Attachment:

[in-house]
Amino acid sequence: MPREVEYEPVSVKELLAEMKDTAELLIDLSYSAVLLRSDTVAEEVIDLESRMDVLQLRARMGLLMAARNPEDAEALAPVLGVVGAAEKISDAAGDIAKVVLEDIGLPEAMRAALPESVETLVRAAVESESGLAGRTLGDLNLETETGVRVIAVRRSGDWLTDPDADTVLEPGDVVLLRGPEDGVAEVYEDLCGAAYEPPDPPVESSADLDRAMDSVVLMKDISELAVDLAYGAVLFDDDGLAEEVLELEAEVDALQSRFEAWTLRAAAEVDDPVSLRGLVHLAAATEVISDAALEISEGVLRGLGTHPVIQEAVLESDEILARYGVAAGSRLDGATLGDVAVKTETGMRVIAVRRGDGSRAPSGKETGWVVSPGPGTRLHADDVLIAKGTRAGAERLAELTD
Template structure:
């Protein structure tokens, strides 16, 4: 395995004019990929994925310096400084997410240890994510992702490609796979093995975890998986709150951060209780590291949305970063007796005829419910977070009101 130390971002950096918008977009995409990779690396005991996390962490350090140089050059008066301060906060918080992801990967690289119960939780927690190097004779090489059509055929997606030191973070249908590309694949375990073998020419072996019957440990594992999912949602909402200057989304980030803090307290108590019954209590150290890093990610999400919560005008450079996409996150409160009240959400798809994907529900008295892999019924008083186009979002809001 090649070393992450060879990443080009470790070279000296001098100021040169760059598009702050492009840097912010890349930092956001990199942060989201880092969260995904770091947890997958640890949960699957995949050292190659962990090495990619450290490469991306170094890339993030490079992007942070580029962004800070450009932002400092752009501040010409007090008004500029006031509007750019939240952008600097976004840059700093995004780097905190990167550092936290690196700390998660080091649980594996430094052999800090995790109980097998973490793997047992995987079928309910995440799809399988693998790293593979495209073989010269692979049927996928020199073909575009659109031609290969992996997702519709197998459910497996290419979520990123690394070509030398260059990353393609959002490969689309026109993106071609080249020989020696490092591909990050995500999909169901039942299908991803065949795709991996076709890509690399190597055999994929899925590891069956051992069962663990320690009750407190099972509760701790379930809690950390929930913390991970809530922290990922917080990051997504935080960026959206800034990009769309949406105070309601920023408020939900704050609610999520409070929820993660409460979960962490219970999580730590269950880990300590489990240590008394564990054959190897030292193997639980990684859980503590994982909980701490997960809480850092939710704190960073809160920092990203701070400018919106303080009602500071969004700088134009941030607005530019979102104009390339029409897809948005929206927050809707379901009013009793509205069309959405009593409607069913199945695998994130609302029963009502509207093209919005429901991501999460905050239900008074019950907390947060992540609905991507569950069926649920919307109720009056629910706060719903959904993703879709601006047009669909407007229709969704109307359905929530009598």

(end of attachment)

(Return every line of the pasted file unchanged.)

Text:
[in-house]
Amino acid sequence: MPREVEYEPVSVKELLAEMKDTAELLIDLSYSAVLLRSDTVAEEVIDLESRMDVLQLRARMGLLMAARNPEDAEALAPVLGVVGAAEKISDAAGDIAKVVLEDIGLPEAMRAALPESVETLVRAAVESESGLAGRTLGDLNLETETGVRVIAVRRSGDWLTDPDADTVLEPGDVVLLRGPEDGVAEVYEDLCGAAYEPPDPPVESSADLDRAMDSVVLMKDISELAVDLAYGAVLFDDDGLAEEVLELEAEVDALQSRFEAWTLRAAAEVDDPVSLRGLVHLAAATEVISDAALEISEGVLRGLGTHPVIQEAVLESDEILARYGVAAGSRLDGATLGDVAVKTETGMRVIAVRRGDGSRAPSGKETGWVVSPGPGTRLHADDVLIAKGTRAGAERLAELTD
Template structure:
């Protein structure tokens, strides 16, 4: 395995004019990929994925310096400084997410240890994510992702490609796979093995975890998986709150951060209780590291949305970063007796005829419910977070009101 130390971002950096918008977009995409990779690396005991996390962490350090140089050059008066301060906060918080992801990967690289119960939780927690190097004779090489059509055929997606030191973070249908590309694949375990073998020419072996019957440990594992999912949602909402200057989304980030803090307290108590019954209590150290890093990610999400919560005008450079996409996150409160009240959400798809994907529900008295892999019924008083186009979002809001 090649070393992450060879990443080009470790070279000296001098100021040169760059598009702050492009840097912010890349930092956001990199942060989201880092969260995904770091947890997958640890949960699957995949050292190659962990090495990619450290490469991306170094890339993030490079992007942070580029962004800070450009932002400092752009501040010409007090008004500029006031509007750019939240952008600097976004840059700093995004780097905190990167550092936290690196700390998660080091649980594996430094052999800090995790109980097998973490793997047992995987079928309910995440799809399988693998790293593979495209073989010269692979049927996928020199073909575009659109031609290969992996997702519709197998459910497996290419979520990123690394070509030398260059990353393609959002490969689309026109993106071609080249020989020696490092591909990050995500999909169901039942299908991803065949795709991996076709890509690399190597055999994929899925590891069956051992069962663990320690009750407190099972509760701790379930809690950390929930913390991970809530922290990922917080990051997504935080960026959206800034990009769309949406105070309601920023408020939900704050609610999520409070929820993660409460979960962490219970999580730590269950880990300590489990240590008394564990054959190897030292193997639980990684859980503590994982909980701490997960809480850092939710704190960073809160920092990203701070400018919106303080009602500071969004700088134009941030607005530019979102104009390339029409897809948005929206927050809707379901009013009793509205069309959405009593409607069913199945695998994130609302029963009502509207093209919005429901991501999460905050239900008074019950907390947060992540609905991507569950069926649920919307109720009056629910706060719903959904993703879709601006047009669909407007229709969704109307359905929530009598």